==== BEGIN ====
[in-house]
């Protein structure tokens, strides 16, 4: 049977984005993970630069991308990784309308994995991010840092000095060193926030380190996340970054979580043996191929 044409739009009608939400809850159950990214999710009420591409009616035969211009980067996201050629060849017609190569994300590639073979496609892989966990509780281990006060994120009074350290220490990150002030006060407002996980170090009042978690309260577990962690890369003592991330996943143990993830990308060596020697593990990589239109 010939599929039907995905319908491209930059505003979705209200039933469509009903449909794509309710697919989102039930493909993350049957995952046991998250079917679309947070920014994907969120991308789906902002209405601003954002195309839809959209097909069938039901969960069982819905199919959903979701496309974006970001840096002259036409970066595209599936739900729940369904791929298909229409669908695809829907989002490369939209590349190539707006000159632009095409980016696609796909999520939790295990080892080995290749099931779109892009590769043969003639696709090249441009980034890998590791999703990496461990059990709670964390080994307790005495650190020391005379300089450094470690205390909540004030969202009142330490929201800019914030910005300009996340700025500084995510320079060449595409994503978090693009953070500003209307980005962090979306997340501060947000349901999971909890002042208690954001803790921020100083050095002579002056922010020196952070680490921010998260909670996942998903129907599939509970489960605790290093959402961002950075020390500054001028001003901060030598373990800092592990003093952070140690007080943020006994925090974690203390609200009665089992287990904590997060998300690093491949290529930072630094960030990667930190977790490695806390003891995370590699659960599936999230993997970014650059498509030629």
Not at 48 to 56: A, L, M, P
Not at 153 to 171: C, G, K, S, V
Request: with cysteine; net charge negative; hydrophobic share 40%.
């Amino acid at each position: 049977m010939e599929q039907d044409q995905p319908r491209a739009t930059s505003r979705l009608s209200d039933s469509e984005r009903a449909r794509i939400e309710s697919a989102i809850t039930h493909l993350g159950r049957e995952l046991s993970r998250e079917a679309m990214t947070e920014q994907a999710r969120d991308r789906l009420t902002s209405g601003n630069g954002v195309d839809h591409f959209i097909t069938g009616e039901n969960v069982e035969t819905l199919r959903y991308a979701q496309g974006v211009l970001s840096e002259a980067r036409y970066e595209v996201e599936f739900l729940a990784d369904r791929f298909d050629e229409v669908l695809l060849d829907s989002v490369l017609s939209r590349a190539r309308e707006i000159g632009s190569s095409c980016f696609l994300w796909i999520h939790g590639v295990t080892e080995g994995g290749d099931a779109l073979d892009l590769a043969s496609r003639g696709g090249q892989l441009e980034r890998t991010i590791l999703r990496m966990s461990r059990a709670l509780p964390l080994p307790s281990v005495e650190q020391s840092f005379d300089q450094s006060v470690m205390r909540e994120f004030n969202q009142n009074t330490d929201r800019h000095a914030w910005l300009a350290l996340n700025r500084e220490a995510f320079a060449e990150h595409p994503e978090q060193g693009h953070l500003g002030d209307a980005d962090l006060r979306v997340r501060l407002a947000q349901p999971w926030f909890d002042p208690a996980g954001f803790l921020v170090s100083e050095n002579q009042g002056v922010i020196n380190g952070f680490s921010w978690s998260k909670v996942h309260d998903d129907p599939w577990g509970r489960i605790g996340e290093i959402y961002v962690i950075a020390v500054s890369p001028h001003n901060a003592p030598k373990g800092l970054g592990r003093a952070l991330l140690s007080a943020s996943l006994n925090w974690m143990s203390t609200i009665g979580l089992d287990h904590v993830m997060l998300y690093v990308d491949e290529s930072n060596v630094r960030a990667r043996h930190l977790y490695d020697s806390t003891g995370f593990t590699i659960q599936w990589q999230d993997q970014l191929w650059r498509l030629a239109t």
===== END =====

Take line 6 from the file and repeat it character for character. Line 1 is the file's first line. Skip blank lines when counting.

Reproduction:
């Amino acid at each position: 049977m010939e599929q039907d044409q995905p319908r491209a739009t930059s505003r979705l009608s209200d039933s469509e984005r009903a449909r794509i939400e309710s697919a989102i809850t039930h493909l993350g159950r049957e995952l046991s993970r998250e079917a679309m990214t947070e920014q994907a999710r969120d991308r789906l009420t902002s209405g601003n630069g954002v195309d839809h591409f959209i097909t069938g009616e039901n969960v069982e035969t819905l199919r959903y991308a979701q496309g974006v211009l970001s840096e002259a980067r036409y970066e595209v996201e599936f739900l729940a990784d369904r791929f298909d050629e229409v669908l695809l060849d829907s989002v490369l017609s939209r590349a190539r309308e707006i000159g632009s190569s095409c980016f696609l994300w796909i999520h939790g590639v295990t080892e080995g994995g290749d099931a779109l073979d892009l590769a043969s496609r003639g696709g090249q892989l441009e980034r890998t991010i590791l999703r990496m966990s461990r059990a709670l509780p964390l080994p307790s281990v005495e650190q020391s840092f005379d300089q450094s006060v470690m205390r909540e994120f004030n969202q009142n009074t330490d929201r800019h000095a914030w910005l300009a350290l996340n700025r500084e220490a995510f320079a060449e990150h595409p994503e978090q060193g693009h953070l500003g002030d209307a980005d962090l006060r979306v997340r501060l407002a947000q349901p999971w926030f909890d002042p208690a996980g954001f803790l921020v170090s100083e050095n002579q009042g002056v922010i020196n380190g952070f680490s921010w978690s998260k909670v996942h309260d998903d129907p599939w577990g509970r489960i605790g996340e290093i959402y961002v962690i950075a020390v500054s890369p001028h001003n901060a003592p030598k373990g800092l970054g592990r003093a952070l991330l140690s007080a943020s996943l006994n925090w974690m143990s203390t609200i009665g979580l089992d287990h904590v993830m997060l998300y690093v990308d491949e290529s930072n060596v630094r960030a990667r043996h930190l977790y490695d020697s806390t003891g995370f593990t590699i659960q599936w990589q999230d993997q970014l191929w650059r498509l030629a239109t």